And for whatever reason, it's working. Of course, it could have something to do with a) that cushy 8p Wednesday time slot, and b) the fact that we're now in the holiday doldrums between November sweeps and that magic time of the year when a good half of the GSNN staff begins to vocally gush over who the next American Idol will be.

Which gives me hope over NBC's "December surprise", "Identity." After all, it sounds like a winning formula... an age-old premise amped up to 21st century standards, a host who doesn't really give a damn (read: one who doesn't have to be molded into a certain archetype of good/evil/insert- adjective-here), a big cash prize, and a slot on the TV calendar where not much, if anything, is going on.

Let's just hope that NBC doesn't screw the pooch with this one. I mean, we all want to brag about how NBC is the only network to have three game shows in primetime at once, all doing well ("Biggest Loser", which has been marred by one preemption after another, has seen better times, I'll be the first to admit). To make "Identity" anything more than what it is or what it could be would be nothing short of unforgivable.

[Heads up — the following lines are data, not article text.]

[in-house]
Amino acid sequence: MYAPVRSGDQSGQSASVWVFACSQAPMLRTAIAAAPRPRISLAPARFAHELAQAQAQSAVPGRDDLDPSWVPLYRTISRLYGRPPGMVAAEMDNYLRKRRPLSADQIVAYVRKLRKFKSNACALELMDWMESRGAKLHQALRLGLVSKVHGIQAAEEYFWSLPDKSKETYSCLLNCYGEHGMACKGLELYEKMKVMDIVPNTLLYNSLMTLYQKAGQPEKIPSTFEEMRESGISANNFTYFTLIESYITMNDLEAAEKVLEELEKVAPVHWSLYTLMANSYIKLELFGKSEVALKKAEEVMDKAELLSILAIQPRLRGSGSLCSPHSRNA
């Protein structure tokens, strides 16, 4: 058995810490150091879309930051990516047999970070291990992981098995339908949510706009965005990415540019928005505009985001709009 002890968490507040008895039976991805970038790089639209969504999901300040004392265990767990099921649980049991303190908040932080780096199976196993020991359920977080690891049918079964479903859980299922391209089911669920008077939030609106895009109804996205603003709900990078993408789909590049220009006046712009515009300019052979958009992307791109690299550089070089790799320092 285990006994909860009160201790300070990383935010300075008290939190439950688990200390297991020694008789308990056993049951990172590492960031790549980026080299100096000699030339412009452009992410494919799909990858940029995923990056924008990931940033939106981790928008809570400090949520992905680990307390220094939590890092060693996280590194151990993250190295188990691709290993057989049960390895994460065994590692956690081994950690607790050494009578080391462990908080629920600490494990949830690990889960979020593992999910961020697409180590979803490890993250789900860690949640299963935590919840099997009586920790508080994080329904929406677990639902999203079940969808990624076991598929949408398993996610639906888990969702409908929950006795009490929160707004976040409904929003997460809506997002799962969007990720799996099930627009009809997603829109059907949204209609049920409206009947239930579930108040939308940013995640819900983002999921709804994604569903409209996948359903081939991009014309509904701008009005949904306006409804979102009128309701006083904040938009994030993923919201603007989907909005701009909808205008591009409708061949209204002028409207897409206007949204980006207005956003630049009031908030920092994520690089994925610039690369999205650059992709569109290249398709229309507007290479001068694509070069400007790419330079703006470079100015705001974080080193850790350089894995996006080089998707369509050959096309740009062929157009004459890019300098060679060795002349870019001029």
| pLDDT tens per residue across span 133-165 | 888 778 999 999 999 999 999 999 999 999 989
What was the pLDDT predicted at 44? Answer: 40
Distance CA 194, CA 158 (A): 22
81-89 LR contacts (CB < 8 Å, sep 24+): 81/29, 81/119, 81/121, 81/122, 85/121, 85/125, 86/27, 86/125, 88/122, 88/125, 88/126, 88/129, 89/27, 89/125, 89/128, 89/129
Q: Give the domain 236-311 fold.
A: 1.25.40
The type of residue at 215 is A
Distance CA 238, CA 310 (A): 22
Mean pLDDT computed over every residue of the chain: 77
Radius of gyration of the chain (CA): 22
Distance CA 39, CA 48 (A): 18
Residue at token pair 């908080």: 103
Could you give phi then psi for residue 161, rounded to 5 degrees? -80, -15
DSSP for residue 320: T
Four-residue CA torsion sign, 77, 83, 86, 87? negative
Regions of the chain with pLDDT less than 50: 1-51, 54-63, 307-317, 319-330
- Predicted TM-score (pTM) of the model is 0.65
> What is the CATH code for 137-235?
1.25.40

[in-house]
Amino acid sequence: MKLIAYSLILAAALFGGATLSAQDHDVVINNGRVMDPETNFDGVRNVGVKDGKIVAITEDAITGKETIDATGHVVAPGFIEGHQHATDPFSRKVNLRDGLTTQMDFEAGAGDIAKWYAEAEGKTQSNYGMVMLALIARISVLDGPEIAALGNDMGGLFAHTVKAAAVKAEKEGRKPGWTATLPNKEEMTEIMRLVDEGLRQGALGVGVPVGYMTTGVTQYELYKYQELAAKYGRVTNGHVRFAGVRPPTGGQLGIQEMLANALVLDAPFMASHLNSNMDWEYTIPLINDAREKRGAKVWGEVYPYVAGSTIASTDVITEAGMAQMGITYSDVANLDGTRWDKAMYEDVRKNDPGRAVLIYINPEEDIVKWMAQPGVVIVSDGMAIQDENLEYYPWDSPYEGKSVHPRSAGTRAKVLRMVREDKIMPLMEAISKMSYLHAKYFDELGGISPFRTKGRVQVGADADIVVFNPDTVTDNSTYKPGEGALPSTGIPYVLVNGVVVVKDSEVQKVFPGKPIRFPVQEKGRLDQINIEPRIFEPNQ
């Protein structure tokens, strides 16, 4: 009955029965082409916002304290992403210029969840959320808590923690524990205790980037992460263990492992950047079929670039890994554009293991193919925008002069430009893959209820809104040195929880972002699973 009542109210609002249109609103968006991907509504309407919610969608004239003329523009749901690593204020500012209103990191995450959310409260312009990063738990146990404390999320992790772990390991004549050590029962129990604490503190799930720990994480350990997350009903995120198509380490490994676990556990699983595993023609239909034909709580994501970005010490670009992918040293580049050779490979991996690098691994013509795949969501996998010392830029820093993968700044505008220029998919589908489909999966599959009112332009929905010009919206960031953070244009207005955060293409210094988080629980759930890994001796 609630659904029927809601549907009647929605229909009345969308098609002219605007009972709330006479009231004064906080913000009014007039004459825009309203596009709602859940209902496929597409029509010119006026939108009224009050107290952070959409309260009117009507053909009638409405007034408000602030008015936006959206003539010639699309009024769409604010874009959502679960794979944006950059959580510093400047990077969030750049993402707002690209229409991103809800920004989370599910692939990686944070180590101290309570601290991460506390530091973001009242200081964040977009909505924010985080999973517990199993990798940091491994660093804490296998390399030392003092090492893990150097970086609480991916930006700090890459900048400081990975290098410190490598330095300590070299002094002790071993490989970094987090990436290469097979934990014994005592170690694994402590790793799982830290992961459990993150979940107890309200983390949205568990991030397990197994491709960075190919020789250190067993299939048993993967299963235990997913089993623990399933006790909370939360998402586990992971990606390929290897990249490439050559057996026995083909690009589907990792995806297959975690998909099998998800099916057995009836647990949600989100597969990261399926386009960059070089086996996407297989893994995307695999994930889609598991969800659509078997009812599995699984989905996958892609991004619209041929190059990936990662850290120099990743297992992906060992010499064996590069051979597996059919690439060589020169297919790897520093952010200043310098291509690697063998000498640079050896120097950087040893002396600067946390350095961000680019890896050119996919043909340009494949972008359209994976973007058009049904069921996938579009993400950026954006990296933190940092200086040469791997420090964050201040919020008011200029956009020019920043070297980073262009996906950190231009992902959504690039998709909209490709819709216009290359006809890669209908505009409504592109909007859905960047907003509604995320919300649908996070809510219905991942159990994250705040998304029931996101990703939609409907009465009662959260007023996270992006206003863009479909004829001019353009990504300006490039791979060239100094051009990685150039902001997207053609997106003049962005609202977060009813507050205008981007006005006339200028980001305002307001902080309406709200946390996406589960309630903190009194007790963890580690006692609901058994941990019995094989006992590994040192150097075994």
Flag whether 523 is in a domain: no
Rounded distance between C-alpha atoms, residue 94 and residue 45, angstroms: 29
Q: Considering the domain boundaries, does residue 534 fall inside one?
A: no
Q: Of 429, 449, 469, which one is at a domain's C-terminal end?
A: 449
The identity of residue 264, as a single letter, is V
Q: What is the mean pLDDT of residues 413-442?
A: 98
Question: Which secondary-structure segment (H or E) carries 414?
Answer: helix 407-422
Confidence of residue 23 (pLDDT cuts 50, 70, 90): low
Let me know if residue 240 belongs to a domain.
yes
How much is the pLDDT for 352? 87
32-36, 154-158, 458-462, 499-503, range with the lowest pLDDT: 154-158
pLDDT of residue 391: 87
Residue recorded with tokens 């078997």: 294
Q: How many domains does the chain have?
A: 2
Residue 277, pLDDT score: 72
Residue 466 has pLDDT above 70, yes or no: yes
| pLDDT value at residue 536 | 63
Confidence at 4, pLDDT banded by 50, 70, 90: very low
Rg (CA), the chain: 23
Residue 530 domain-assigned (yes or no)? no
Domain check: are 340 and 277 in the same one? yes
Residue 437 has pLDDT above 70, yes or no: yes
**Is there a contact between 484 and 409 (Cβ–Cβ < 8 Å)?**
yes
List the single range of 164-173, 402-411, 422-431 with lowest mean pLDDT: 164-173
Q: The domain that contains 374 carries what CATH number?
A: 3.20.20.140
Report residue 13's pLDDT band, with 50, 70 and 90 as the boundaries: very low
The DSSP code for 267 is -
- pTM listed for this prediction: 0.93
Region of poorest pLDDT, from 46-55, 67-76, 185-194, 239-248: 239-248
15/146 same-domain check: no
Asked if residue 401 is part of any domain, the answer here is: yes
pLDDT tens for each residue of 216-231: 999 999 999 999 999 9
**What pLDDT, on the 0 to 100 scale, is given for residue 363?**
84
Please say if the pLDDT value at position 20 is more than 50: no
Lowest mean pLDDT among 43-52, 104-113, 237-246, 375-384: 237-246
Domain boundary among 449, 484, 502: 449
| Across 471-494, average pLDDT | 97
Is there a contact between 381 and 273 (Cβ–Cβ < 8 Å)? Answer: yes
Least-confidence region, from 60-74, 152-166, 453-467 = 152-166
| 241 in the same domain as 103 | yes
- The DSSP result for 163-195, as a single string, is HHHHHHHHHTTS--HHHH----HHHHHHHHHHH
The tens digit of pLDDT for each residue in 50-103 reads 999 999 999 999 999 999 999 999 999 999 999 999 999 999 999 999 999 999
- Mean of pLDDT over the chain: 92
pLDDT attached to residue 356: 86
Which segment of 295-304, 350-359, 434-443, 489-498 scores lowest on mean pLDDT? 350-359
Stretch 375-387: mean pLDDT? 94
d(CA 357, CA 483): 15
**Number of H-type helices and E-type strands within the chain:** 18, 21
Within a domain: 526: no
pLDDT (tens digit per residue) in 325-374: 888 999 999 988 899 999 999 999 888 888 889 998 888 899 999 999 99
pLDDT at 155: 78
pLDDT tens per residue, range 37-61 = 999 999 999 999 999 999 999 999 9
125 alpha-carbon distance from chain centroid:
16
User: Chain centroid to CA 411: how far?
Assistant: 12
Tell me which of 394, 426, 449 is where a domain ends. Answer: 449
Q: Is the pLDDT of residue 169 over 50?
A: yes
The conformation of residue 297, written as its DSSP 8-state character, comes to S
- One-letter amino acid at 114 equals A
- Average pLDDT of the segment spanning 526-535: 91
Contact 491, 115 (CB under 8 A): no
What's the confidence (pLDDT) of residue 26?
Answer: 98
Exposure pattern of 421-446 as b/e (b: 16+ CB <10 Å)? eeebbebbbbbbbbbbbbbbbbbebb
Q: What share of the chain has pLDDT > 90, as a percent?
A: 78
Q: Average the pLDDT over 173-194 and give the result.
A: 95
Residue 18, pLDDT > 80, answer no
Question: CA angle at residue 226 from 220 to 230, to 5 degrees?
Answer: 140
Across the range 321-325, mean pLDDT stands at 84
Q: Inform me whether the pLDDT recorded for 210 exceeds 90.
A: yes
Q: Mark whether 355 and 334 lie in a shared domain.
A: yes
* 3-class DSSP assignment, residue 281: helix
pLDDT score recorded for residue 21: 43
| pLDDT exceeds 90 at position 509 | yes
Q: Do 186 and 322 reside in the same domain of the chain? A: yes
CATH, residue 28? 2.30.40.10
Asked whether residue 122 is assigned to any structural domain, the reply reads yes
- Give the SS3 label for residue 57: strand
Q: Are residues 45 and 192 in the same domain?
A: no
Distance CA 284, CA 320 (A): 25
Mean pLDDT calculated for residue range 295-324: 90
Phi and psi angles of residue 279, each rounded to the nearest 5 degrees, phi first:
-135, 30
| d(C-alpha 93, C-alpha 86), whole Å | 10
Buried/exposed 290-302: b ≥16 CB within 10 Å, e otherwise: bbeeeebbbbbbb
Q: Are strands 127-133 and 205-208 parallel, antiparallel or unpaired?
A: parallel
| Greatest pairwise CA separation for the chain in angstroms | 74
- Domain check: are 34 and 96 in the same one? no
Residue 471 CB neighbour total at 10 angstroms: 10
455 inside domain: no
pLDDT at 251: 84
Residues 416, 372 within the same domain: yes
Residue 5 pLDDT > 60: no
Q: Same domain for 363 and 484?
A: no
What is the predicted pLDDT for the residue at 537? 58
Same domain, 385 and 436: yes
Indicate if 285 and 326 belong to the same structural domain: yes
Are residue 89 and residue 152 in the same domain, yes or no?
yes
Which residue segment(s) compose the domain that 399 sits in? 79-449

Yeah, I know it sounds totally against my character here, preaching the benefits of a ripoff, but without sounds like I've completely sold out (which if memory serves I haven't), if it works, it works. Gather 12 angry men to argue otherwise, and you'd be a better person than I would be.

The Weekly Rant, or whatever you be thankful for this year, may you be blessed with double in the next.

As a rule, celebrities don't take game shows very seriously. After all, look at over 30 years worth of "Match Game". And then look at almost 40 years of "Hollywood Squares".

And then there's the past week of "Jeopardy!". First week of Celebrity Jeopardy!, we saw some matches that had their moments. As a fan of "How I Met Your Mother," I was rooting for Neil Patrick Harris' win. And as a fan of the Law & Order franchise, I loved the L&O vs. SVU vs. CI battle royale.